Norfolk County Council sells filing cabinet with confidential information still inside
- Credit: Archant
Personal details of some of the region's most vulnerable people has been lost, misused or mistakenly shared in a string of blunders - including one where a council sold a filing cabinet which still contained confidential files.
New figures have revealed the number of data breaches at local authorities in Norfolk, Suffolk and Cambridgeshire over the past year, with more than 200 incidents where information councils are entrusted with was not handled properly.
One of the most shocking blunders came in Norfolk where confidential files containing details of adults and children was left in a filing cabinet which was sold following an office move.
Norfolk County Council said the cabinet had been removed by a private company and sold. The council said the information left in it was retrieved from the buyer within an hour of it being reported.
Further checks were made to ensure no files had been left in other cabinets which has been sold. The council reported itself to the Information Commissioner's Office - the independent watchdog which checks up on how information is handed - and has yet to hear if action will be taken. The council says it has introduced tighter processes for office closures.
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That was one of 165 breaches at County Hall, revealed using the Freedom Of Information Act, many of which are still being investigated.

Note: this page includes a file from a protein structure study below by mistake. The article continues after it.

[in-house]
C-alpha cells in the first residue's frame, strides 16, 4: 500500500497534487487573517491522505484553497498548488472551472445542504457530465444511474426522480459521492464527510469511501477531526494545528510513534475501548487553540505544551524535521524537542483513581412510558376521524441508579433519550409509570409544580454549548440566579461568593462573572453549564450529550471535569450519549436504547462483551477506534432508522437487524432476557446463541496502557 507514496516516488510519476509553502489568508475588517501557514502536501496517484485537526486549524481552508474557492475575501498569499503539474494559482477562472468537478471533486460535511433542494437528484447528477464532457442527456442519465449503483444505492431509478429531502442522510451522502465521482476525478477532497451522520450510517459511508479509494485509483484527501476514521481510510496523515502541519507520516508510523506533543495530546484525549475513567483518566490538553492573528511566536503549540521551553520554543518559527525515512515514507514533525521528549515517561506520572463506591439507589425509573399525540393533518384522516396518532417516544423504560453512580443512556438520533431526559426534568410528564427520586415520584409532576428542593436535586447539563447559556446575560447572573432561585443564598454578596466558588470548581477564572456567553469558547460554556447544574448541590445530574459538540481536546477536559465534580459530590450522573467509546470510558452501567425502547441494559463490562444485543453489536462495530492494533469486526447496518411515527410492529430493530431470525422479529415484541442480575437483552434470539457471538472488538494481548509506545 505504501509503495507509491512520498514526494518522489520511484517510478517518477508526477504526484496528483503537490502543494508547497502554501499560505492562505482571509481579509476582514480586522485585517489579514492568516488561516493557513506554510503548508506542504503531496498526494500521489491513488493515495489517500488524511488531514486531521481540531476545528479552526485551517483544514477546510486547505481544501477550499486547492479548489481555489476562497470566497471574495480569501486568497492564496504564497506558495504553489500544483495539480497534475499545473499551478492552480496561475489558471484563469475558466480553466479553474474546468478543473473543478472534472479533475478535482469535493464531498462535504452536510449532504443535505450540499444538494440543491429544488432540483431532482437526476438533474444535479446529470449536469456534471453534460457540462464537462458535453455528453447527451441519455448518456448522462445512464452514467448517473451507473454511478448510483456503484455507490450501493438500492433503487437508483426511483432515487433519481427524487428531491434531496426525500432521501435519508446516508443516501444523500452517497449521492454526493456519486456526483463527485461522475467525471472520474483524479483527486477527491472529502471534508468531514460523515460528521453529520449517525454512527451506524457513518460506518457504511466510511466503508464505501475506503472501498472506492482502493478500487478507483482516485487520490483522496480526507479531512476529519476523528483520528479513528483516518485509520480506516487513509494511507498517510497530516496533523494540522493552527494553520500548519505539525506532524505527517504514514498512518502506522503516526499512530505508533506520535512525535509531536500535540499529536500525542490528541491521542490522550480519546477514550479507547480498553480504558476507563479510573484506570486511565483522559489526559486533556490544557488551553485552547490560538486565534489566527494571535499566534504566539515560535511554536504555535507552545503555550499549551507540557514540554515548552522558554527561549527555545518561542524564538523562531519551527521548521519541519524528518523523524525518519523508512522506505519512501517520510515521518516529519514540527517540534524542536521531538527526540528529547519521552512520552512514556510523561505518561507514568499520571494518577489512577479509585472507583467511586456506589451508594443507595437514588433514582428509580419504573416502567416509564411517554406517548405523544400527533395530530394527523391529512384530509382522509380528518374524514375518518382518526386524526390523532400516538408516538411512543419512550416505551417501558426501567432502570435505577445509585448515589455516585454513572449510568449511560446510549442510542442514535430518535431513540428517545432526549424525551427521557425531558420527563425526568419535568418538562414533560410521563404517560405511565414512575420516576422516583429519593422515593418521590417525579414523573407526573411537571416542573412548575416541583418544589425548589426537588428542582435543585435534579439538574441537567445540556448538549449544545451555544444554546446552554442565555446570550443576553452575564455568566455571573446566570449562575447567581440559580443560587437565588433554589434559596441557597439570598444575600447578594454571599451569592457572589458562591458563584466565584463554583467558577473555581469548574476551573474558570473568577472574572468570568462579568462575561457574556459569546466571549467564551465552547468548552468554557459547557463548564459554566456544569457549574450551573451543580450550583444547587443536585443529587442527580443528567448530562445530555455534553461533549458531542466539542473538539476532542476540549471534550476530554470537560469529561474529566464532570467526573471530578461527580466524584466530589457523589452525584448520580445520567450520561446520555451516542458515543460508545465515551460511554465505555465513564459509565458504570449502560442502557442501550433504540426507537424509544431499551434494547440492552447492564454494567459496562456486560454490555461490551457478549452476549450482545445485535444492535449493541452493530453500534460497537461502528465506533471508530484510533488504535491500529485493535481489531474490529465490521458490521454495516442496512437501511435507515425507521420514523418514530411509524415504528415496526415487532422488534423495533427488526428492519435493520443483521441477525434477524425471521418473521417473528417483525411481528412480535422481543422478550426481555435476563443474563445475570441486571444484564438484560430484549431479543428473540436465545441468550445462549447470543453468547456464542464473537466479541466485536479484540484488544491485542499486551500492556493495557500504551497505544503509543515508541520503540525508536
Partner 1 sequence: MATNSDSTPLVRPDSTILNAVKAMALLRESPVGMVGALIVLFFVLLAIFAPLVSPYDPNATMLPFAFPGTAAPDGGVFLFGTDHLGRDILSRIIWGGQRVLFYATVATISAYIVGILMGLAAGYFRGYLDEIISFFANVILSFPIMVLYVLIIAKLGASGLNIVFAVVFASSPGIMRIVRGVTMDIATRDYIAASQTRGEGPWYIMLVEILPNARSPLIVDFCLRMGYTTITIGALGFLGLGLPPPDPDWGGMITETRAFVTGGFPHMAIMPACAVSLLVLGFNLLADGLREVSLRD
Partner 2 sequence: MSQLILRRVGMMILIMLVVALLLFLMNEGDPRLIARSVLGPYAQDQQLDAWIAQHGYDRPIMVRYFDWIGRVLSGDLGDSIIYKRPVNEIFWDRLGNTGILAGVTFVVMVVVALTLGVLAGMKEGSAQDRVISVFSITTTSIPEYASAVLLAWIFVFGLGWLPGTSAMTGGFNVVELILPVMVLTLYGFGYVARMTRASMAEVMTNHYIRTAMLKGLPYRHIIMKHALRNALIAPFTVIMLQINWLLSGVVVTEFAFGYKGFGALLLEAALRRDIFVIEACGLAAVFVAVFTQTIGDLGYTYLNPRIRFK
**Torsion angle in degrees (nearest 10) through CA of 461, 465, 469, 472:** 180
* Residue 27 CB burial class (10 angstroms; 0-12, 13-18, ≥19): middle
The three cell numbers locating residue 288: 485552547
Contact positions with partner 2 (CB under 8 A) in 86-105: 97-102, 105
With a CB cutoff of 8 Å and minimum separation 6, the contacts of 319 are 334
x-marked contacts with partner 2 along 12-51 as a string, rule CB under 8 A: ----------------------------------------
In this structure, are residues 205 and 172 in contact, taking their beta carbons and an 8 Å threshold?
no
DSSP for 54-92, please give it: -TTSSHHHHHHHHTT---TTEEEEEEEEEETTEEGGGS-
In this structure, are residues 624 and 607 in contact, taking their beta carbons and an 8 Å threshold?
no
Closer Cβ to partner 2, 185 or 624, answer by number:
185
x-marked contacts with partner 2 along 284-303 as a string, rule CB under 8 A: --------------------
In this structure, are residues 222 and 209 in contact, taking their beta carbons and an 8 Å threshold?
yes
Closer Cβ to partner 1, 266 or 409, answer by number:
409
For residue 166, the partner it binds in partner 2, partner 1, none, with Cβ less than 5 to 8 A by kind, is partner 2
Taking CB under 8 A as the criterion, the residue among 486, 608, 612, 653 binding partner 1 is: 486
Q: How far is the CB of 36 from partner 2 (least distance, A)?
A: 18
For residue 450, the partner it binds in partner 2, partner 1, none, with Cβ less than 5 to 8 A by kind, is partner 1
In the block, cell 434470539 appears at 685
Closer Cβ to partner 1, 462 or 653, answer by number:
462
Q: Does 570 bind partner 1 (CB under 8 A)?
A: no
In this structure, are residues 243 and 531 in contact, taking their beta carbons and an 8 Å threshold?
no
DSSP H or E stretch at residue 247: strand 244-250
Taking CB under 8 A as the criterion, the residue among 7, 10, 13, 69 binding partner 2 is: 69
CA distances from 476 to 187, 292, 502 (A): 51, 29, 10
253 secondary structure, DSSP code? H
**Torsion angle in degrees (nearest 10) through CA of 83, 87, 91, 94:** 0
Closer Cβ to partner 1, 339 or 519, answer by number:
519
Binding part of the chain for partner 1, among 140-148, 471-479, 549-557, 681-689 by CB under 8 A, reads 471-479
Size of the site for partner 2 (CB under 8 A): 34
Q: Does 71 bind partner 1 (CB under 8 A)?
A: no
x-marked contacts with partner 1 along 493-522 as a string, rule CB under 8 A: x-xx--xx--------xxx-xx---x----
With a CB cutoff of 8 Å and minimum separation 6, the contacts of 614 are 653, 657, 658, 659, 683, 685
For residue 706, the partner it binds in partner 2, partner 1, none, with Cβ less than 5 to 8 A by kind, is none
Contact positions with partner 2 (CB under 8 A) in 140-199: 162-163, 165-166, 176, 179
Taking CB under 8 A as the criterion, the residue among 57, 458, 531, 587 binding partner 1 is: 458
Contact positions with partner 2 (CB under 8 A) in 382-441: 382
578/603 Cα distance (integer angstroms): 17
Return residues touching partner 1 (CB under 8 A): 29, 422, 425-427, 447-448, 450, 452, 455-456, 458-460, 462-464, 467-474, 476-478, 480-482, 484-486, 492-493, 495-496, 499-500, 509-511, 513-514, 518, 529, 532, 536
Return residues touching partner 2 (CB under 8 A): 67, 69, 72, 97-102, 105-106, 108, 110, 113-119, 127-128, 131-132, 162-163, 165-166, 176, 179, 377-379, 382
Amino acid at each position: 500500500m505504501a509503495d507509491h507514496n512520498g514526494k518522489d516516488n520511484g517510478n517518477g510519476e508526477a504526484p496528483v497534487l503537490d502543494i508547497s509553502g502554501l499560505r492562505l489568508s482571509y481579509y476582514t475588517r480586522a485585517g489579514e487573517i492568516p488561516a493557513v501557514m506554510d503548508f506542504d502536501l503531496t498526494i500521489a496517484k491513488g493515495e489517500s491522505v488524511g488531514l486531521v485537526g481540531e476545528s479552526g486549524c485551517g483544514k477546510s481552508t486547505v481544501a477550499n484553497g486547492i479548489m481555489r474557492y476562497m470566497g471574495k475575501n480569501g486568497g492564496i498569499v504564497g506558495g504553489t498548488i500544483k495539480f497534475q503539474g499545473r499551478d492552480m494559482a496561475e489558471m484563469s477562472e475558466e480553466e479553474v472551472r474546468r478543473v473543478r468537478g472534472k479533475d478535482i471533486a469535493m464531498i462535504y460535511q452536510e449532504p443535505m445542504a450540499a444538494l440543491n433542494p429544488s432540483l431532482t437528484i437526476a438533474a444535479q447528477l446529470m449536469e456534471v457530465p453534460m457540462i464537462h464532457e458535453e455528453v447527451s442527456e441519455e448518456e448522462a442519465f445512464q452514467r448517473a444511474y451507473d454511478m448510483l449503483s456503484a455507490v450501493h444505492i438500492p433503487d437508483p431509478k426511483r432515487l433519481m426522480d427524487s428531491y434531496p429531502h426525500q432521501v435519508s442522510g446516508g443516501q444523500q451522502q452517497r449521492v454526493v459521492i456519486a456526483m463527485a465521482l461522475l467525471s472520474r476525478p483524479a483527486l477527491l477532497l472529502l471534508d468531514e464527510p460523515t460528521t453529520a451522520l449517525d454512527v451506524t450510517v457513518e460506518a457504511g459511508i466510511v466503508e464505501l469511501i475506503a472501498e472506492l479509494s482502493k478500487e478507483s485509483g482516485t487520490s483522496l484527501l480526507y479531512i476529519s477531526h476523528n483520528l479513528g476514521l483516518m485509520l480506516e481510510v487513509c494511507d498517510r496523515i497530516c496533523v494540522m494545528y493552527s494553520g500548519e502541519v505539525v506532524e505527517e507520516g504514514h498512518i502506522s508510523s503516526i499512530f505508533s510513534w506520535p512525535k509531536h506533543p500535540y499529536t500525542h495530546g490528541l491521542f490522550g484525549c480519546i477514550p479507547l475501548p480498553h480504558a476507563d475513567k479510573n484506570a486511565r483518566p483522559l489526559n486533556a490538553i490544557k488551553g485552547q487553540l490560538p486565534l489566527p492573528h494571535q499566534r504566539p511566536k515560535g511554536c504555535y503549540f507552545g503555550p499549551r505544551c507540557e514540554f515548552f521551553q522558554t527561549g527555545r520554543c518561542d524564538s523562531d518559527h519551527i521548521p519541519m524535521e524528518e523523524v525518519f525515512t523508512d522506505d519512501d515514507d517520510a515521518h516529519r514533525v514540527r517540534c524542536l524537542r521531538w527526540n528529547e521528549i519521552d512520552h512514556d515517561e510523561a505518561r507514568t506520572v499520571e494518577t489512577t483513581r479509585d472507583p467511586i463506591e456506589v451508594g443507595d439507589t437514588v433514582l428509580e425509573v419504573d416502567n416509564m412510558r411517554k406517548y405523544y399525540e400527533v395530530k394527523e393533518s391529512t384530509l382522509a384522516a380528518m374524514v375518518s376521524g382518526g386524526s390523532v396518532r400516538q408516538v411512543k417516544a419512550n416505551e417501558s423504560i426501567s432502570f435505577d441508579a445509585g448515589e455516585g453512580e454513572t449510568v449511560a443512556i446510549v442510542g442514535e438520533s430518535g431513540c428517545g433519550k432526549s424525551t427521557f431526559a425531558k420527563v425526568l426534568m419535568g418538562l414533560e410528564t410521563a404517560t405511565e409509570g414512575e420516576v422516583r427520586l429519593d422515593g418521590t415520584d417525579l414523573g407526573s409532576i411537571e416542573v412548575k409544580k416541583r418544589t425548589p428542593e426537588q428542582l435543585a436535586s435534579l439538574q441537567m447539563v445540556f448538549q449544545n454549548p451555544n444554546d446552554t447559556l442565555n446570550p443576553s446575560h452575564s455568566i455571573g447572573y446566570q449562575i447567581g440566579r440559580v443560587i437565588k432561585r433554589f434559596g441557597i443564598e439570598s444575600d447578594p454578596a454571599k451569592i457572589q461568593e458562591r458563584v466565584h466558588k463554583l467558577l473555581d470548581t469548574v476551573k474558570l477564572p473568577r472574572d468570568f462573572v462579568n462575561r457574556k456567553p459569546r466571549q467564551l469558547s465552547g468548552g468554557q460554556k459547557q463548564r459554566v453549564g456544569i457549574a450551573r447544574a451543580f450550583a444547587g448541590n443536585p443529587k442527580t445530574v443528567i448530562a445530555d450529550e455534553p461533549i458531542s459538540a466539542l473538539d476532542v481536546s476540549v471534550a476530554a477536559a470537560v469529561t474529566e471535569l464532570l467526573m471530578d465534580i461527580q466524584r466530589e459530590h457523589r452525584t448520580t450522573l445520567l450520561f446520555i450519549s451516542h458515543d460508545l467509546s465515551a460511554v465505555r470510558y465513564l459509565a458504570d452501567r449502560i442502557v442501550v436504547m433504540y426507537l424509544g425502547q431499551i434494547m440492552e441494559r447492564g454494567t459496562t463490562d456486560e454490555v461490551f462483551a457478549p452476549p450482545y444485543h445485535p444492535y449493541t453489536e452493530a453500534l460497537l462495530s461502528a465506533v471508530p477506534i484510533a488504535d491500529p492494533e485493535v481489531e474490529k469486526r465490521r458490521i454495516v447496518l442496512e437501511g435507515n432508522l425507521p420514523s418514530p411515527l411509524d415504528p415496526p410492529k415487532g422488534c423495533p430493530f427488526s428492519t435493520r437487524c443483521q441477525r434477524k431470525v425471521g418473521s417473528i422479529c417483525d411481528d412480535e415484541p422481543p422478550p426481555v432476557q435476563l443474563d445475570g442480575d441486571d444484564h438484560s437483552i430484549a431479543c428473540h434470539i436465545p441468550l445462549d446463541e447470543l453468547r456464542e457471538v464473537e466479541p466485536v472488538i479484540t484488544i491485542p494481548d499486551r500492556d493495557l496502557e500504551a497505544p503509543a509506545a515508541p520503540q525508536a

The bulk were human error, such as emails and letters, containing confidential information, being sent to the wrong person.
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In another instance, a social worker was disciplined after contravening confidentiality by looking up a family member in the council's records. The council refused to reveal what that disciplinary action was.
Mobile phones, blackberries and laptops have also been lost, while at least two adult social care case files have gone missing. The council says those have probably been 'misfiled'.
Anne Gibson, executive director of resources at Norfolk County Council said: 'We have about 6,000 people working at the council, and on any one day they handle literally thousands of pieces of personal information.
'Thankfully, data protection breaches are not common but we take the security of information very seriously, and we are sorry for any instances where the council has not looked after information properly.
'We are driving forward higher standards for data security, and staff are in no doubt about the need to care for personal information carefully at all times.' She said that was backed up by training and stressed the authority expected every incident to be reported and people held to account.
Suffolk County Council had 42 breaches between March last year and April this year, of which 36 were 'human error', while Cambridgeshire County Council had 14. That included a member of the public finding an unencrypted memory stick containing confidential information and a laptop being stolen from a children's home.
There were also eight breaches at Norwich City Council and one at North Norfolk District Council.
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